click to enlarge Sam Quinn + Japan Ten
  • Sam Quinn + Japan Ten


From: Knoxville, Tenn.
Since: 2009
Claim to fame: Former co-leader of the everybodyfields strikes out alone

On the heels of releasing his solo debut, The Fake That Sunk a Thousand Ships, ex-everybodyfield Sam Quinn stops in to strum his latest batch of rustic, toe-tapping mourners steeped in the influence of Neil Young. Quinn now plies his tunes with backing trio Japan Ten, accomplished names on the eastern Tennessee Americana circuit, including two former everybodyfields bandmates. They drench old and new gems in keys, fiddle and pedal steel. Though Quinn's songs ache with poignancy, he's far from a downer—in fact, his hilariously outlandish monologues are worth the price of admission alone. At LOCAL 506. $8–$10/ 9:30 p.m.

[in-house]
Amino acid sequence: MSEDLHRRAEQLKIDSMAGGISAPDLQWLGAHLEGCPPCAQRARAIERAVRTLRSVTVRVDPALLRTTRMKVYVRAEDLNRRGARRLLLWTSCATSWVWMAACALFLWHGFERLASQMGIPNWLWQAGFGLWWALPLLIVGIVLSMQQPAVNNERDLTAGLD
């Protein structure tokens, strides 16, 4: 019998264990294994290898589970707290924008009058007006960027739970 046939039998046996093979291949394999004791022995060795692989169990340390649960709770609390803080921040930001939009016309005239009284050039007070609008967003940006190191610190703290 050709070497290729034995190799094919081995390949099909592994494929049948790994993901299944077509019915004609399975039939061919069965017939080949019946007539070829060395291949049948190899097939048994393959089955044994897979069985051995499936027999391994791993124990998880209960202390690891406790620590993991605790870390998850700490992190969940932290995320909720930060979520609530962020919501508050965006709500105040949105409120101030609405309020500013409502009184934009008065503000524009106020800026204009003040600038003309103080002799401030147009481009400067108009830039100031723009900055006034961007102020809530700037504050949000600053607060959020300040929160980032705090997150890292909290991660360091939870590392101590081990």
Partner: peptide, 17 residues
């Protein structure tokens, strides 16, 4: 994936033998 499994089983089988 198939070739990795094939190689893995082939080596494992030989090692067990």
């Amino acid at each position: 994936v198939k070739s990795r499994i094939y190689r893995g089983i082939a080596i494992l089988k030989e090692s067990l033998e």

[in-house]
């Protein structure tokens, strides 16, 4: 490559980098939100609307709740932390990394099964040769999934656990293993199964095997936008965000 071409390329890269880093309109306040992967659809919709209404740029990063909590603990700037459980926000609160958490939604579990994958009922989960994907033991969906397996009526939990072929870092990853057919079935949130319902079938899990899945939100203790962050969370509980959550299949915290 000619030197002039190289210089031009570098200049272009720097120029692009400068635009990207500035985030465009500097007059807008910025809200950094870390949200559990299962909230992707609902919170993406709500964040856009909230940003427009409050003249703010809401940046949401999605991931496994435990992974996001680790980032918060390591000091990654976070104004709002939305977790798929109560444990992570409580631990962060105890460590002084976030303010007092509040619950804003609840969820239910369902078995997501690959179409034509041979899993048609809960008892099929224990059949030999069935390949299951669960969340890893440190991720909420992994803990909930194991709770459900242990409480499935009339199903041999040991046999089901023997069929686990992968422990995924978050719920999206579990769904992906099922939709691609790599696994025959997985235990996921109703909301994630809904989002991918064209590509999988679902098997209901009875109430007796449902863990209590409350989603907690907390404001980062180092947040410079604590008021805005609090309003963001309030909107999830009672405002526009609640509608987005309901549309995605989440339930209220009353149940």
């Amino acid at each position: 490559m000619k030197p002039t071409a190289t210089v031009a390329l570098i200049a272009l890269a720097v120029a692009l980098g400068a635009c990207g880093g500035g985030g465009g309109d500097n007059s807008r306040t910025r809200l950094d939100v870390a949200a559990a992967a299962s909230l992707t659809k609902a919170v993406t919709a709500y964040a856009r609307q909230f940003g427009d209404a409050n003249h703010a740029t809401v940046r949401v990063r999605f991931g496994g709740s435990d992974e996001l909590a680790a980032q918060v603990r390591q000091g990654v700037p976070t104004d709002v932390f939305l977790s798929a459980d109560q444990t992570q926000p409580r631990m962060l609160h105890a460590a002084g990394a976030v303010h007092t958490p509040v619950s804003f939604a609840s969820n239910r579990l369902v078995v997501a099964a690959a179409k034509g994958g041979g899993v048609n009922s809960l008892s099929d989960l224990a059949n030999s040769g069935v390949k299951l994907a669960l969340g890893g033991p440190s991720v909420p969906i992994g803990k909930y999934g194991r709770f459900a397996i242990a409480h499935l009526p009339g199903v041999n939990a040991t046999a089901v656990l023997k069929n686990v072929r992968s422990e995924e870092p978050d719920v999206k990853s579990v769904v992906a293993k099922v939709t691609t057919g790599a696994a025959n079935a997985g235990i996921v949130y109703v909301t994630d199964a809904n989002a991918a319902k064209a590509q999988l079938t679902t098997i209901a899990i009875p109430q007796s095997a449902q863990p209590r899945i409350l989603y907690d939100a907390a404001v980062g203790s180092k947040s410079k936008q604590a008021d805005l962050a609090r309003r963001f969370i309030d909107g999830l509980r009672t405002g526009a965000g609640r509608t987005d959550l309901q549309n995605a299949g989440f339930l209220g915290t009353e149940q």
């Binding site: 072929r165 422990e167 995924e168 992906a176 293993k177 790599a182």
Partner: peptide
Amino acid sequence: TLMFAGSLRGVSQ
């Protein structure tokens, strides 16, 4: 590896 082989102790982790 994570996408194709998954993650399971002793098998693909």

click to enlarge Montgomery Gentry
  • Montgomery Gentry


From: Nashville, mostly
Since: First time out for this collection
Claim to fame: A slew of country hits

Carolina boy Eric Church joins fellow hitmakers Montgomery Gentry, Jamey Johnson, Jack Ingram, Eli Young Band and Little Big Town on this three-stage mega-tour, but there's a slate of underappreciated talent aboard as well—though you'll have to make it out early to catch them. Heather Morgan, Troy Olsen and Tyler Reeve have all the tools to match those big names, just without the record deals. Former bullrider turned guitar slinger Ryan Bingham co-wrote the Grammy-winning theme song from Crazy Heart, and he often sounds like he's been living the same hard life as that film's Bad Blake. Cory Branan sets acute tales as rowdy roadhouse rock and plaintive ballads. Also, Heidi Newfield, The Lost Trailers and more. At WALNUT CREEK. $21–$41/ 1 p.m. —Spencer Griffith